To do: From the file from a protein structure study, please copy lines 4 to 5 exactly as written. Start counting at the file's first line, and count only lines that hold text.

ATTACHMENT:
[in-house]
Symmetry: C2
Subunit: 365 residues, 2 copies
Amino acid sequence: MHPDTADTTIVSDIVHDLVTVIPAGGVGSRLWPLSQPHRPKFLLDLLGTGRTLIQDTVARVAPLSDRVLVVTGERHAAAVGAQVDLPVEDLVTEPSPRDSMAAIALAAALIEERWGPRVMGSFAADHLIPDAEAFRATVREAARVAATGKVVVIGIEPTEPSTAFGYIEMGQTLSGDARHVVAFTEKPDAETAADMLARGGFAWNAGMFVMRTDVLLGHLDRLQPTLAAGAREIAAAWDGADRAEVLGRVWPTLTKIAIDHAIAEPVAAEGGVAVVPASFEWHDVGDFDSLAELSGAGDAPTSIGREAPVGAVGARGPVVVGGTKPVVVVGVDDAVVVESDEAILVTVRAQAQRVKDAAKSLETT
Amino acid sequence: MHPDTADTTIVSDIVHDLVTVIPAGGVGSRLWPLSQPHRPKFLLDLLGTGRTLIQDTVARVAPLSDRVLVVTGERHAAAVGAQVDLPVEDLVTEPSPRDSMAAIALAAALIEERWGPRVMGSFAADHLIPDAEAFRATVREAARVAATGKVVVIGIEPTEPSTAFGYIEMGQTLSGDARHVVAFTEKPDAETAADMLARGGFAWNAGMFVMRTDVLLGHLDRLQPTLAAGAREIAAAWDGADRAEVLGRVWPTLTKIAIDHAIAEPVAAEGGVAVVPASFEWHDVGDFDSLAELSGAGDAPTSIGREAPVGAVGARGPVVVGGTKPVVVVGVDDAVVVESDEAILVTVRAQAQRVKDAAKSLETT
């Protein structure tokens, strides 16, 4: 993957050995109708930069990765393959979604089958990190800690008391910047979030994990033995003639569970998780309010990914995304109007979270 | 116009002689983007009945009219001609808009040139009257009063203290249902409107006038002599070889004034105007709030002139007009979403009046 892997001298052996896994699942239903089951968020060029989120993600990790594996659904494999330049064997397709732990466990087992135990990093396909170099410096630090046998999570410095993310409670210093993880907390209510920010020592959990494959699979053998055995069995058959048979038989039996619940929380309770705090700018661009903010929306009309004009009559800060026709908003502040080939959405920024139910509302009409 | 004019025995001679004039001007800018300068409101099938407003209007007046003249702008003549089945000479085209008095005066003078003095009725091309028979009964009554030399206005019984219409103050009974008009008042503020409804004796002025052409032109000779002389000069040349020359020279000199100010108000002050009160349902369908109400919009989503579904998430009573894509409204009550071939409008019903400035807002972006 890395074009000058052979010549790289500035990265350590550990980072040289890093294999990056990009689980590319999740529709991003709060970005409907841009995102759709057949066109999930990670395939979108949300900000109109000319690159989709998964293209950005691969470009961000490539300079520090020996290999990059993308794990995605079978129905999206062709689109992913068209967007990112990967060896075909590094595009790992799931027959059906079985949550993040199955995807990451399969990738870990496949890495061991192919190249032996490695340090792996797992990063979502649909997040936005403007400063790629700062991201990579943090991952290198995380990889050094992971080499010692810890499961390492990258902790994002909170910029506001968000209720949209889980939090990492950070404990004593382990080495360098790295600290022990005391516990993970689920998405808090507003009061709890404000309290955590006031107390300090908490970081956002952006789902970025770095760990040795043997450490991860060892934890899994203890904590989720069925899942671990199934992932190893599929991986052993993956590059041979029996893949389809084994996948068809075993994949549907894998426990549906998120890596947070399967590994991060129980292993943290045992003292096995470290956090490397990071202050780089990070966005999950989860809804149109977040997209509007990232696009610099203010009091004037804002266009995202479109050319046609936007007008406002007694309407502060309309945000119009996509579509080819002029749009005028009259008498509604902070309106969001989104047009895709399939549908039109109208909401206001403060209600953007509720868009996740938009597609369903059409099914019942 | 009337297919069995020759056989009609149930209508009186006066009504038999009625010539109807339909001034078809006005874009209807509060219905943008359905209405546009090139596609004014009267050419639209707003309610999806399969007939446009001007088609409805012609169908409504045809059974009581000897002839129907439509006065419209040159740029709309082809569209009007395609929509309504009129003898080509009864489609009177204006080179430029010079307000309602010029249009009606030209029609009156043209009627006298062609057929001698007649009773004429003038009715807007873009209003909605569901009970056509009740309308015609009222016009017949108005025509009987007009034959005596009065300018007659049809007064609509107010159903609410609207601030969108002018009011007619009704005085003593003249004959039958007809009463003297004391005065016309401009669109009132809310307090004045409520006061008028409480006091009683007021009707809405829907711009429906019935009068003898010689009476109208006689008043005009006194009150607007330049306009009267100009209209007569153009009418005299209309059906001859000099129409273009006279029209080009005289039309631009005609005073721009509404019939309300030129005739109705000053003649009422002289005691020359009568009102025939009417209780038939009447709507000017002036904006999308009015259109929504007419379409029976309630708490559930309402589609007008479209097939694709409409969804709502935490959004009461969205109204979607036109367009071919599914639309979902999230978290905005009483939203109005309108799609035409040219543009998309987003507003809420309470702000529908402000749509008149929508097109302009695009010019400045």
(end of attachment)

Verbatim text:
Amino acid sequence: MHPDTADTTIVSDIVHDLVTVIPAGGVGSRLWPLSQPHRPKFLLDLLGTGRTLIQDTVARVAPLSDRVLVVTGERHAAAVGAQVDLPVEDLVTEPSPRDSMAAIALAAALIEERWGPRVMGSFAADHLIPDAEAFRATVREAARVAATGKVVVIGIEPTEPSTAFGYIEMGQTLSGDARHVVAFTEKPDAETAADMLARGGFAWNAGMFVMRTDVLLGHLDRLQPTLAAGAREIAAAWDGADRAEVLGRVWPTLTKIAIDHAIAEPVAAEGGVAVVPASFEWHDVGDFDSLAELSGAGDAPTSIGREAPVGAVGARGPVVVGGTKPVVVVGVDDAVVVESDEAILVTVRAQAQRVKDAAKSLETT
Amino acid sequence: MHPDTADTTIVSDIVHDLVTVIPAGGVGSRLWPLSQPHRPKFLLDLLGTGRTLIQDTVARVAPLSDRVLVVTGERHAAAVGAQVDLPVEDLVTEPSPRDSMAAIALAAALIEERWGPRVMGSFAADHLIPDAEAFRATVREAARVAATGKVVVIGIEPTEPSTAFGYIEMGQTLSGDARHVVAFTEKPDAETAADMLARGGFAWNAGMFVMRTDVLLGHLDRLQPTLAAGAREIAAAWDGADRAEVLGRVWPTLTKIAIDHAIAEPVAAEGGVAVVPASFEWHDVGDFDSLAELSGAGDAPTSIGREAPVGAVGARGPVVVGGTKPVVVVGVDDAVVVESDEAILVTVRAQAQRVKDAAKSLETT